Wednesday 16 October 2019

When 'I Need to Write Something' becomes 'I Need to Write This' by Claire Fayers

In my conversations with other writers recently, one topic keeps coming up: remembering why we started to write. This seems to be equally true for published and yet-to-be-published writers.

"I've realised I've started to focus so much on getting a book finished recently that I forgot why I started," one friend said. "Because I enjoy writing!"

Another friend, sharing the familiar frustration of friends and family seeing her writing as a hobby commented, "But in the end it should be like a hobby. We do it because we love it."

I need to remind myself of this often. Because writing can often feel like this:

And in those time when writing feels like pushing a boulder up a never-ending hill, we wonder why we ever started this. We find ourselves writing just for the sake of reaching the top of the hill and everything until that point becomes drudgery.

I admit, I've been struggling to write this year. Still, I sat down dutifully at the computer every day with the aim of just writing something, anything. Because that's what writers, do isn't it - they write. Then last week two minor villains wandered into my draft and made me fall off my chair laughing. I raced through an entire chapter, eager to see what they'd get up to. In a matter of seconds, 'I need to write something' became 'I need to write this story.'

So I have my plan for the winter months, and I even have a few productivity tools to keep myself going. I don't use many because I find that productivity tools can become distractions in themselves, but these are the ones I've stuck with. I'm sure these are all familiar already, but I thought I'd share them in case they're helpful.

Word processor shortcuts

I've tried every writing method from notebooks and pens (too slow) to Scrivener (too organised.) I like to claw my raw material into one messy heap and then chip away at it until it looks like a story. I keep one document for the draft and one for background notes - useful for quickly checking everything from the colour of someone's hair to the customs of an alien planet.

I used to use bookmarks and comments to find my way around my draft, but now I add in scene headers and use the navigation bar, which is much more efficient. Write a brief description of your scene, go to the home tab and change the style to Heading 1. Then go to the view tab and tick the Navigation Pane box. You'll get a handy side-bar with a list of all your headings, and clicking on any of them will take you straight to it.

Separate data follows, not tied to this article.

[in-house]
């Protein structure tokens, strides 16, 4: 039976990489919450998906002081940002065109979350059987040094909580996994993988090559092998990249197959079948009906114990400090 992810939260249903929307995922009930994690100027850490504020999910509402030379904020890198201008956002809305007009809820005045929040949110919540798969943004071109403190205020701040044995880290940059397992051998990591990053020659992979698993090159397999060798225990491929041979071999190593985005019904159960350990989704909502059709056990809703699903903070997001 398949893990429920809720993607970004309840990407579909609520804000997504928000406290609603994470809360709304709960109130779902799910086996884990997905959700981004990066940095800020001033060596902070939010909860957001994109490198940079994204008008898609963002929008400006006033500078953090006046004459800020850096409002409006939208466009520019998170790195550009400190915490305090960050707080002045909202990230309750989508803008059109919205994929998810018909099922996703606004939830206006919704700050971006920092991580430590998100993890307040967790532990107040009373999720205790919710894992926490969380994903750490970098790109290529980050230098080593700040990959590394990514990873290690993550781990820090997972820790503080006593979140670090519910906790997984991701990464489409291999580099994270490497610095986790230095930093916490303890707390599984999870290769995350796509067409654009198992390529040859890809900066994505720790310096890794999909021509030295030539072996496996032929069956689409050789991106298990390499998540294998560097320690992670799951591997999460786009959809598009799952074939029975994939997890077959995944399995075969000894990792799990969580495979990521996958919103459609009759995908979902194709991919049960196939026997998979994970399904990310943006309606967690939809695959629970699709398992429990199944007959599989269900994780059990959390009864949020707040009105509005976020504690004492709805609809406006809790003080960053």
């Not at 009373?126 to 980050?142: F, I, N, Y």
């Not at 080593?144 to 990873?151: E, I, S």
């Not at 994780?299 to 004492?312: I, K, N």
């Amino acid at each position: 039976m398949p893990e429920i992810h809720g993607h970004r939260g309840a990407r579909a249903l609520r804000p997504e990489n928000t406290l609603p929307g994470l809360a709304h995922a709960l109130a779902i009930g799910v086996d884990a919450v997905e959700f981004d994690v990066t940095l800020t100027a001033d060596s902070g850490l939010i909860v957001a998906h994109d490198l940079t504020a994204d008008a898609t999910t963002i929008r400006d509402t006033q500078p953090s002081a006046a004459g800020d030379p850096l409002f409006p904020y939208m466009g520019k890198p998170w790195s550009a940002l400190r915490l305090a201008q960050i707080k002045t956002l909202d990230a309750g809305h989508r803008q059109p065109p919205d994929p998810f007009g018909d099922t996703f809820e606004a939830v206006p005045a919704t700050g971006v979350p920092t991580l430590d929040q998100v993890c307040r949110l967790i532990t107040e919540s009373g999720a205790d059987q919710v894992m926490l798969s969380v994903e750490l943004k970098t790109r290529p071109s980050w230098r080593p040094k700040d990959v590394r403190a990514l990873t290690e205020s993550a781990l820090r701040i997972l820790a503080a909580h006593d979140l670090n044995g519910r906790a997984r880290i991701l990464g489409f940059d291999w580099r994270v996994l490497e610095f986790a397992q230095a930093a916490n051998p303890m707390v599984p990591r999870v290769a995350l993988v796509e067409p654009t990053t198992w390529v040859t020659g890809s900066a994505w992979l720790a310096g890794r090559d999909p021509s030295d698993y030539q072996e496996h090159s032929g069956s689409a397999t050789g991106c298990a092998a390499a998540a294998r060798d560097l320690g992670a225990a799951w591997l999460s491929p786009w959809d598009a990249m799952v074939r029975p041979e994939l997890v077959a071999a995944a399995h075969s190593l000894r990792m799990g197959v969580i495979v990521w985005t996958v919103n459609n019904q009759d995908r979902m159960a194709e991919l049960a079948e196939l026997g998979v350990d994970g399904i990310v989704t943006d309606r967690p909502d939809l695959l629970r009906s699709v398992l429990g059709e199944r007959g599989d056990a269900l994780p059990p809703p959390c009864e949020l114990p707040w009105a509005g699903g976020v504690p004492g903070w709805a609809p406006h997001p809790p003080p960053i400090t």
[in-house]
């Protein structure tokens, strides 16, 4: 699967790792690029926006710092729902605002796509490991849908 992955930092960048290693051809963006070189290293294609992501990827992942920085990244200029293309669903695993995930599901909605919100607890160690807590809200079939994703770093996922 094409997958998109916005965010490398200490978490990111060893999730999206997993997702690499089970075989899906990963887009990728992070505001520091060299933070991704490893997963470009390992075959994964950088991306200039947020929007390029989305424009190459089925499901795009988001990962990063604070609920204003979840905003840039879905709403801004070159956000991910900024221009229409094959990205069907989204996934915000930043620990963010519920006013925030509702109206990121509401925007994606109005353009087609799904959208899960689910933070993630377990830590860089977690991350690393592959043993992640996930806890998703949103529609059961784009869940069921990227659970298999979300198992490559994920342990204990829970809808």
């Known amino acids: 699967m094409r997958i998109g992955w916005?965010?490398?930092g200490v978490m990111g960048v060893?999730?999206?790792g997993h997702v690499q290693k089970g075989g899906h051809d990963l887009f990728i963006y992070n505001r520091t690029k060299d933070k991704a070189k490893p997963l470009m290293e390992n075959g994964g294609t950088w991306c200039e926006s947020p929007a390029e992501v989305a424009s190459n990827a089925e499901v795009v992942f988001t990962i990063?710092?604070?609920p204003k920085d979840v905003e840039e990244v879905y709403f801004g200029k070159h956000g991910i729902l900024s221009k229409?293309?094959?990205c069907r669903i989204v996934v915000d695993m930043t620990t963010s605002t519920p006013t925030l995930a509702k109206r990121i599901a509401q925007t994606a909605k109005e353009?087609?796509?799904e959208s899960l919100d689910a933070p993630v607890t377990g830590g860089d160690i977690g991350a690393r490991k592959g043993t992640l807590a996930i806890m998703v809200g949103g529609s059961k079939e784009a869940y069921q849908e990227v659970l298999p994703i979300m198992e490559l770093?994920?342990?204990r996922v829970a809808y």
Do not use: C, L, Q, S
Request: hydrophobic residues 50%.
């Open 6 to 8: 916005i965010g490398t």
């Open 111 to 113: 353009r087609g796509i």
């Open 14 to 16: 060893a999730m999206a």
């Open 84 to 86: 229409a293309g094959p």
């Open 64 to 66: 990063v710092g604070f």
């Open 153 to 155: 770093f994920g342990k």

I've recently discovered Word's 'focus' button on the bottom right of the screen and I wish I'd known about this before. Click this and everything surrounding your words disappears. It is amazingly useful for cutting out on-screen distractions. 

Go away Internet

There are many apps which will block your access to the Internet. I use Leechblock which is very easy to use - simply list the sites you want to block and when you want to block them. You can allow yourself limited access to sites, too. I am allowed 5 minutes per hour on Twitter after which I'm thrown out.

Spreadsheeting your progress

These can either be extremely useful for setting deadlines and motivating yourself to write, or ghastly things that only serve to highlight how far behind you are. I like them because they let you see how much progress you've made already.

You can find loads of templates online but I've written my own and kept them simple.

The wordcount spreadsheet lets me set a target wordcount for each day, add in my actual wordcount, then it tells me how I'm doing, many days I have left to go and my projected end date, allowing for weekends off. 

Then I have an editing spreadsheet, which serves a practical purpose as it will help me with the structure of my novel once I've finished the first draft. I always include POV as I use multiple third person. The structural analysis column is to mark major points in the story. Once I've finished the draft, I'll spend a couple of days with this spreadsheet, seeing where material needs to be cut or moved about - which will be easy to do as all my scenes in Word are already labelled.

If you'd like the spreadsheet templates, let me know! And happy writing.

Claire Fayers is the author of the Accidental Pirates series, Mirror Magic and Storm Hound. Website Twitter @clairefayers

1 comment:

Penny Dolan said...

Thanks, Claire, for all your suggestions.

I LOVE Navigation Panel, and was really panicking when I "lost" it after a big computer crash when a new programme - LibreOffice - was installed on my new desktop.

Eventually I found it, thank heaven. So necessary.